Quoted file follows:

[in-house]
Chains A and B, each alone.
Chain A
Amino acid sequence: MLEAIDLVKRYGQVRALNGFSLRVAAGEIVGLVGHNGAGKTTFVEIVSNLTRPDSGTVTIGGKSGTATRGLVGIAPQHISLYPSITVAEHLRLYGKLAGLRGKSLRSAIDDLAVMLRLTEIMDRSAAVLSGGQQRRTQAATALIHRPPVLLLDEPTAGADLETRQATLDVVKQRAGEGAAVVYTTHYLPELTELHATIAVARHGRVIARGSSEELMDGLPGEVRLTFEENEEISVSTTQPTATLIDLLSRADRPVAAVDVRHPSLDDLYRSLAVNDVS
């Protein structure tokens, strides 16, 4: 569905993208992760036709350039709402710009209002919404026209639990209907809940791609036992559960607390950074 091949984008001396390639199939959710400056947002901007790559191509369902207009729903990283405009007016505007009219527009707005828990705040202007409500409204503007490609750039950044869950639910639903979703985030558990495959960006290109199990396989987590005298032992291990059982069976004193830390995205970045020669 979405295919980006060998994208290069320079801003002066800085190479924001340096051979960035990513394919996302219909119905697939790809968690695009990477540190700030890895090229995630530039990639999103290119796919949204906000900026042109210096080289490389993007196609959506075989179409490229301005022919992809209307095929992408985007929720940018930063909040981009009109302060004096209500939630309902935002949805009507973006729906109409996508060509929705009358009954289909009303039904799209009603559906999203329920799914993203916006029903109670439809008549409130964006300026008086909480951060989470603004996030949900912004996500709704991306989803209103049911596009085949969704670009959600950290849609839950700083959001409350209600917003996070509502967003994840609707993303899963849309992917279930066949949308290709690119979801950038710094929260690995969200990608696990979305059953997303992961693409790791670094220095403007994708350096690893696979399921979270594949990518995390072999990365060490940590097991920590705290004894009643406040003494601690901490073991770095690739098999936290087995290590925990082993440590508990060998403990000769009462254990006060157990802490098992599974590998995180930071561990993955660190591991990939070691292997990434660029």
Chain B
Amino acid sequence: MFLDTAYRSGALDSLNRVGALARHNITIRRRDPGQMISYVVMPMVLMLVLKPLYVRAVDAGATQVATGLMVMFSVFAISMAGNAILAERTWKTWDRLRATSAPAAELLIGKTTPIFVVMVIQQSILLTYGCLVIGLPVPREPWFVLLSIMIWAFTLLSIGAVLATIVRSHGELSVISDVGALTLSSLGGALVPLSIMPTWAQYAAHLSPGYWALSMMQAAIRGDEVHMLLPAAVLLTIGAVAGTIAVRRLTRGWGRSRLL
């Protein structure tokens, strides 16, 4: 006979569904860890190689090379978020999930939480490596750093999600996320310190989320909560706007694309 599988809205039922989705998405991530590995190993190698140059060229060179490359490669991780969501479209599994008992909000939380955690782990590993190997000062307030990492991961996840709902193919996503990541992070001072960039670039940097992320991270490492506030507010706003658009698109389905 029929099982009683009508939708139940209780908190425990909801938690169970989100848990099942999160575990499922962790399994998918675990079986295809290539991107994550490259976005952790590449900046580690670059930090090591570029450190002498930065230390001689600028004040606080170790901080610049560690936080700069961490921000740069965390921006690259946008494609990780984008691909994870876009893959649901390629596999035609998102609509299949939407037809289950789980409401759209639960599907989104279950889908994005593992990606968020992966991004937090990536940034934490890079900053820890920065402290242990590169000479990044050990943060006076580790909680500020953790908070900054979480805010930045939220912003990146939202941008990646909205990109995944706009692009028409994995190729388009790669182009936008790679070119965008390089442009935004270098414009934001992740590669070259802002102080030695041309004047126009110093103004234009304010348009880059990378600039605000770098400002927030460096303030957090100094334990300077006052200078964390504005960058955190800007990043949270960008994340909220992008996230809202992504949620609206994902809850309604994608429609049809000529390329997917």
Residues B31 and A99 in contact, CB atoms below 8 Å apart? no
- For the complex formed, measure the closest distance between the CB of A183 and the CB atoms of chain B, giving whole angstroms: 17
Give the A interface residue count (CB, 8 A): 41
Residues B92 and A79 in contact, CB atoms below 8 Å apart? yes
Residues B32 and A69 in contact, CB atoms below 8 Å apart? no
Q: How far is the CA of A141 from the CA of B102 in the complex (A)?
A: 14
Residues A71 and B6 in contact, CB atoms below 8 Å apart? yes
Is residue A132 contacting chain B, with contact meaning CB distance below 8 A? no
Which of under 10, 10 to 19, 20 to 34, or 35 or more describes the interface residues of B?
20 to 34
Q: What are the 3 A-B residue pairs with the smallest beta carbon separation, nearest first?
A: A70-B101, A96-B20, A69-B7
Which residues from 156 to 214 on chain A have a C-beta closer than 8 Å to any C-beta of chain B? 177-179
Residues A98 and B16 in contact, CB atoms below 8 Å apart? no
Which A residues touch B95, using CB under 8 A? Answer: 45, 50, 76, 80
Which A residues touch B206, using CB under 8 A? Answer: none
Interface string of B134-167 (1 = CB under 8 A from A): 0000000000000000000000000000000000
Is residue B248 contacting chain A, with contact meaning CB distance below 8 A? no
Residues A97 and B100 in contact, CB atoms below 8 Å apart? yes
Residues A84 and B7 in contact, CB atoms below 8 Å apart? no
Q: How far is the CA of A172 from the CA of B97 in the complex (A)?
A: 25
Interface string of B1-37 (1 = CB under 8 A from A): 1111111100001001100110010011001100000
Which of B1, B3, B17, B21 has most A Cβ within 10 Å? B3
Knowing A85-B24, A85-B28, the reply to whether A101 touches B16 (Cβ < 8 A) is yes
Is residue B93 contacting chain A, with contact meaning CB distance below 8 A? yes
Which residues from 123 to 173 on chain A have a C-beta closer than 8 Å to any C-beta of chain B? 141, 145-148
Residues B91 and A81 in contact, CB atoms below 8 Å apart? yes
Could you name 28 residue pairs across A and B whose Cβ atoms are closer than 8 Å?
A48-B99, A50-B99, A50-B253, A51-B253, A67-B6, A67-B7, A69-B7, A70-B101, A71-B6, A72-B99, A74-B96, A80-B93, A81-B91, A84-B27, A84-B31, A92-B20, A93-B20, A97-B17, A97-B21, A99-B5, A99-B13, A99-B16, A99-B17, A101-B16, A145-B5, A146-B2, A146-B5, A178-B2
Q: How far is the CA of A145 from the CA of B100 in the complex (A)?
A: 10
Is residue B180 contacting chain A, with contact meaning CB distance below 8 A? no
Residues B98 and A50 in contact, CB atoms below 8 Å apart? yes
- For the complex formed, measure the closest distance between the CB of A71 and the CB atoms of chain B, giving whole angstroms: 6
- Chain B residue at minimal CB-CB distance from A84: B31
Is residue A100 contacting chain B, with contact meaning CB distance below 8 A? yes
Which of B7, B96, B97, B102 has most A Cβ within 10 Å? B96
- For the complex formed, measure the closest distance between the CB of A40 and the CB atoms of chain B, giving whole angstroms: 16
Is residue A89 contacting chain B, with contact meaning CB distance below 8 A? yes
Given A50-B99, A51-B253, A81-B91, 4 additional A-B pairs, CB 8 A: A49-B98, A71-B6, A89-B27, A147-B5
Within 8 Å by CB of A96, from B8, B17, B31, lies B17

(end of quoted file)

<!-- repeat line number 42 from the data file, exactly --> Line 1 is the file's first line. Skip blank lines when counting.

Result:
Is residue B180 contacting chain A, with contact meaning CB distance below 8 A? no